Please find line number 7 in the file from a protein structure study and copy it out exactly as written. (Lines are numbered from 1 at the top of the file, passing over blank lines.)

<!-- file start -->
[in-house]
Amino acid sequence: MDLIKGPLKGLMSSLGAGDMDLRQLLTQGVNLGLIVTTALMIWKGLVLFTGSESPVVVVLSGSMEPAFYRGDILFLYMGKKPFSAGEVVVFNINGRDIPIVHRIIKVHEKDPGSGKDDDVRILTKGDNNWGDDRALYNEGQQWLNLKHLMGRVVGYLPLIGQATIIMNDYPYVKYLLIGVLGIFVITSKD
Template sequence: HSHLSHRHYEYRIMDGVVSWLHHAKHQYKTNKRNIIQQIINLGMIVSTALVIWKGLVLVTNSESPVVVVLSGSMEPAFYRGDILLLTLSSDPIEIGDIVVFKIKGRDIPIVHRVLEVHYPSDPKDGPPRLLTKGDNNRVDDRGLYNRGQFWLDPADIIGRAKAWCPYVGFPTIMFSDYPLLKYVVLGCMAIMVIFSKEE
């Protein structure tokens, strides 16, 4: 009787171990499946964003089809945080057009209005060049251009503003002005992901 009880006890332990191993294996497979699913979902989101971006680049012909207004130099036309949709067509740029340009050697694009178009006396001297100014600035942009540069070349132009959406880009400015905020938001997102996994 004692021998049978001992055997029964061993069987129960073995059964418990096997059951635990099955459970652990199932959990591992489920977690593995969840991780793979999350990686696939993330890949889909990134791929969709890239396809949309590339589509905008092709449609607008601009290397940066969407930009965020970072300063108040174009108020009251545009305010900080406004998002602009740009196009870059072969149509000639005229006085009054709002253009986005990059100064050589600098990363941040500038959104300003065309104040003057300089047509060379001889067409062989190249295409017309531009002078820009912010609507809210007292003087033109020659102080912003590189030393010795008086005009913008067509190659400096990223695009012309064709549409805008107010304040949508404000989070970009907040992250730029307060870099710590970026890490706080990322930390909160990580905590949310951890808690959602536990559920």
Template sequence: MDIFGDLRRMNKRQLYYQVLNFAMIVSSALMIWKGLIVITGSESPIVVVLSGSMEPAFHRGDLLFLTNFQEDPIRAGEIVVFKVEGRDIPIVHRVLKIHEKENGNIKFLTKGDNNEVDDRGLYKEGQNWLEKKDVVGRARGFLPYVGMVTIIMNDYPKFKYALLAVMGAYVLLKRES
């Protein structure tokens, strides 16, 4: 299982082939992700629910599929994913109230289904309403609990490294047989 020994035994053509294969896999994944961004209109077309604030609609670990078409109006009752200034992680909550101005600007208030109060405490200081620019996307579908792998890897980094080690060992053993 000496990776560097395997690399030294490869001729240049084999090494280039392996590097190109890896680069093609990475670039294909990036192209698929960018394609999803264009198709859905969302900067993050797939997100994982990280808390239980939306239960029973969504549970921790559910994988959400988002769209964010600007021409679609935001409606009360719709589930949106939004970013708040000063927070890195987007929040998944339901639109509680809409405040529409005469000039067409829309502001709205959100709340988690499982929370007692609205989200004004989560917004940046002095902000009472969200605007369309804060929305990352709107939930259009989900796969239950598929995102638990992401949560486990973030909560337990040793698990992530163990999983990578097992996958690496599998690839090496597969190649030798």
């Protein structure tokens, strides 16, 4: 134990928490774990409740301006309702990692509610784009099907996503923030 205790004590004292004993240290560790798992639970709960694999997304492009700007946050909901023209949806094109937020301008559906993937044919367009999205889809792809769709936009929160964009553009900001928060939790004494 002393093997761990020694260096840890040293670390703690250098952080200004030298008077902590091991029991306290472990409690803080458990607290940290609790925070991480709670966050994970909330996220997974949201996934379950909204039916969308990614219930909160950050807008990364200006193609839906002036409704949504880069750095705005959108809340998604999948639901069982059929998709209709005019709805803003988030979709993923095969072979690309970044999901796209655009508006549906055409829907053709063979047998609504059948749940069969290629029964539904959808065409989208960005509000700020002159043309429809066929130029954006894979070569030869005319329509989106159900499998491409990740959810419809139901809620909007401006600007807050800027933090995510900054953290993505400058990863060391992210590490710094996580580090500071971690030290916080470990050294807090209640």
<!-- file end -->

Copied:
């Protein structure tokens, strides 16, 4: 134990928490774990409740301006309702990692509610784009099907996503923030 205790004590004292004993240290560790798992639970709960694999997304492009700007946050909901023209949806094109937020301008559906993937044919367009999205889809792809769709936009929160964009553009900001928060939790004494 002393093997761990020694260096840890040293670390703690250098952080200004030298008077902590091991029991306290472990409690803080458990607290940290609790925070991480709670966050994970909330996220997974949201996934379950909204039916969308990614219930909160950050807008990364200006193609839906002036409704949504880069750095705005959108809340998604999948639901069982059929998709209709005019709805803003988030979709993923095969072979690309970044999901796209655009508006549906055409829907053709063979047998609504059948749940069969290629029964539904959808065409989208960005509000700020002159043309429809066929130029954006894979070569030869005319329509989106159900499998491409990740959810419809139901809620909007401006600007807050800027933090995510900054953290993505400058990863060391992210590490710094996580580090500071971690030290916080470990050294807090209640």